In A/W 15 and S/S 16 there has been a huge, and we mean HUGE, trend for indigo. With that, a major trend for the ancient Japanese technique of sashiko has been reborn.
Sarah, a blogger for Think. Make. Share wrote that ‘Indigo dye was used by many diverse ancient cultures across Asia, the Middle East, Africa, Europe, and Central and South America. Today its popularity spans the fashion, home décor, design and the crafting communities alike’. In the super modern world in which we live, we seem crave the nostalgia and the deep roots of the colour. The raw indigo mega trend is associated with denim, which also has a lot of heritage in jeans. They were traditionally worn by miners and factory workers. In the 1950’s they became a symbol for youth rebellion when James Dean wore them in the film Rebel Without a Cause, before becoming widely accepted in the 1960’s and 1970’s.
Indigo is a strong and powerful colour. It’s vibrant and bold and a solid fashion choice for anyone. It also works extremely well in home decor. It can add a warm aura to a living room when mixed with different shades of blue and works well in interiors when used in a naturally lit room.
In the craft world indigo is massive! It’s really helped to reignite the passion for sashiko, which traditionally uses indigo coloured fabric with a white cotton thread. Indigo fabric was worn by farmers and fishermen in Japan. Their wives used the sashiko technique to repair and strengthen their husband’s work clothes, while the intricate patterns were purely for decorative purposes.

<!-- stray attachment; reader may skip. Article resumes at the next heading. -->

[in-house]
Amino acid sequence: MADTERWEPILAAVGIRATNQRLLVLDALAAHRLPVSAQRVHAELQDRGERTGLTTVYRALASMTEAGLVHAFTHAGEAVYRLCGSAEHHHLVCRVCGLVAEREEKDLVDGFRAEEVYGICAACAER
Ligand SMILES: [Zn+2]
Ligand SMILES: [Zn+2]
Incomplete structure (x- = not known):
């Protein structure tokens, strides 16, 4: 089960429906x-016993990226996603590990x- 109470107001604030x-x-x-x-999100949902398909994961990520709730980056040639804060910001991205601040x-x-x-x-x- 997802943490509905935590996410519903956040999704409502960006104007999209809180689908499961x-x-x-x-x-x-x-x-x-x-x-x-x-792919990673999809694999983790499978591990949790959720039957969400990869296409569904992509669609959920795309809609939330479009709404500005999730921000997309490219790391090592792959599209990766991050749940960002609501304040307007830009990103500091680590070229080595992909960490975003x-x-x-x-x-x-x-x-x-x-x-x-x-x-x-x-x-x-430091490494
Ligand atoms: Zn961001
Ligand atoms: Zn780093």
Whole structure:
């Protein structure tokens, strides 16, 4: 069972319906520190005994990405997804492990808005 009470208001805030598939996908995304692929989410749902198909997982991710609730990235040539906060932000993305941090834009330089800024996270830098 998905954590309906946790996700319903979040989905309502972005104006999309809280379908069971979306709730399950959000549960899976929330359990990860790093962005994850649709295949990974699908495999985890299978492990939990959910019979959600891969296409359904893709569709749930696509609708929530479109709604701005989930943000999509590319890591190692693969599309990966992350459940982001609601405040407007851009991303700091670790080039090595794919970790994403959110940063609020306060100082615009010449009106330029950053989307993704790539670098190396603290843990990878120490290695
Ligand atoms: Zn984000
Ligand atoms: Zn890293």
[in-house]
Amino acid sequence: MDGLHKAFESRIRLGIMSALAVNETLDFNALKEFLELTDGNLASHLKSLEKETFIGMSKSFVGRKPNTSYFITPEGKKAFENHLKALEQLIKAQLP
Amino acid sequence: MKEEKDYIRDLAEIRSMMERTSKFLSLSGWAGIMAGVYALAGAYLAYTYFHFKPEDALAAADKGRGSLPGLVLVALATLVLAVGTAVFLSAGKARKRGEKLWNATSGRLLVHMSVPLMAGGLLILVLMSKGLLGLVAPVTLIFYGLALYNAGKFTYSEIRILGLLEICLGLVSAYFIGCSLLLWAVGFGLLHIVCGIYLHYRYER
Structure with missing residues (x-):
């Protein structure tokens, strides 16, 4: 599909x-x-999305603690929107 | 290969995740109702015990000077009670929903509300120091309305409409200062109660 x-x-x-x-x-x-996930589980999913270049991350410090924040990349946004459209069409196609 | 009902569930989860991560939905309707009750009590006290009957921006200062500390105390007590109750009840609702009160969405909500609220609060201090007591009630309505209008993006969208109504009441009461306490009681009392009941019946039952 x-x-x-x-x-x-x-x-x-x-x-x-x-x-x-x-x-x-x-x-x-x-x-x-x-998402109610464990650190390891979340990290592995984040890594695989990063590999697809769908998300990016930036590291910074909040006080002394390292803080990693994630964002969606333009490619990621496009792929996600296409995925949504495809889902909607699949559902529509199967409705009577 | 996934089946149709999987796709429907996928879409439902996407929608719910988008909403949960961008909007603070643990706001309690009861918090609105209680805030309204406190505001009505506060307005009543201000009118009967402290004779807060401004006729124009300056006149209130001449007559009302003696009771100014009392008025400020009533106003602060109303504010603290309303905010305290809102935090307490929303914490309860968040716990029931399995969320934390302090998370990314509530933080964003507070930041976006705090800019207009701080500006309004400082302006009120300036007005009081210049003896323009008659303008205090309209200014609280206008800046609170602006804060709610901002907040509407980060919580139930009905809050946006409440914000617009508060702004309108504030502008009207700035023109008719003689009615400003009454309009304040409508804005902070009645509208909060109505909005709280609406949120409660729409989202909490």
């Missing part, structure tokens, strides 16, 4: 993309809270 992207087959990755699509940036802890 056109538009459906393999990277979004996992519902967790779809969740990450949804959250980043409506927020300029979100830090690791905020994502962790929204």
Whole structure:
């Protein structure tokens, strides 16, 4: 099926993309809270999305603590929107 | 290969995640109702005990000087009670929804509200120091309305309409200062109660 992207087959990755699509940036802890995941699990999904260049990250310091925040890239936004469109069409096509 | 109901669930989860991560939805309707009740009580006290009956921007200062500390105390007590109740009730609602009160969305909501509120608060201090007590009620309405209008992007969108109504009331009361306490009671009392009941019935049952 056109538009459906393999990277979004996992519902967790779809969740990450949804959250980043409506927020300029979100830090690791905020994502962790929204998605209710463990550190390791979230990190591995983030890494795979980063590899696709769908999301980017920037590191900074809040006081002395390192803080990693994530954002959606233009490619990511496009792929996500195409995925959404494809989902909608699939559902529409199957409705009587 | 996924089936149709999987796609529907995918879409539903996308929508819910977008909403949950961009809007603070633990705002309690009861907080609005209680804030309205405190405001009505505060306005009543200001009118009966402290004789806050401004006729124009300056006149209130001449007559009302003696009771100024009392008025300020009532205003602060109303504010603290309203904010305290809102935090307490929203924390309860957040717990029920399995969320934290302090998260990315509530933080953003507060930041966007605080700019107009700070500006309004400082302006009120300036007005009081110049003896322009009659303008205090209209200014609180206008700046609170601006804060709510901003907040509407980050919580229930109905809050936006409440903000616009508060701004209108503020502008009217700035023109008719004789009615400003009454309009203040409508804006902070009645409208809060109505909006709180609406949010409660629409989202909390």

Sashiko derives from Northern Japan and literally translates to ‘little stabs’. It was born out of necessity in clothing and was used for warmth and thrifty recycling, combining country style with intricate design. Since the 18th Century sashiko patterns have been adapted for popular design including those of other textiles, auspicious patterns and designs derived from buddhist motifs.
A sashiko revival began back in the 1970’s parallel to the rise in western quilting in Japan. Now in the 21st Century sashiko continues to evolve and become more fashionable. This is shown in Simple Sashiko. Its beautiful and intricate patterns work so well against modern minimalist design which is popular today.
Susan Briscoe, author of Simple Sashiko, previously released ‘The Ultimate Sashiko Sourcebook’ in 2005. She’s taken 8 designs from the book and given them a modern feel. Whether you want to create a gorgeous tote bag or impress dinner guests with coasters and table mats there are designs for everyone.
Simple Sashiko is designed for people of all abilities so you can easily get in on the trend, you can view a sneak peek of the book here. Why not give it a go today. You can get everything you need to from the Sew and So.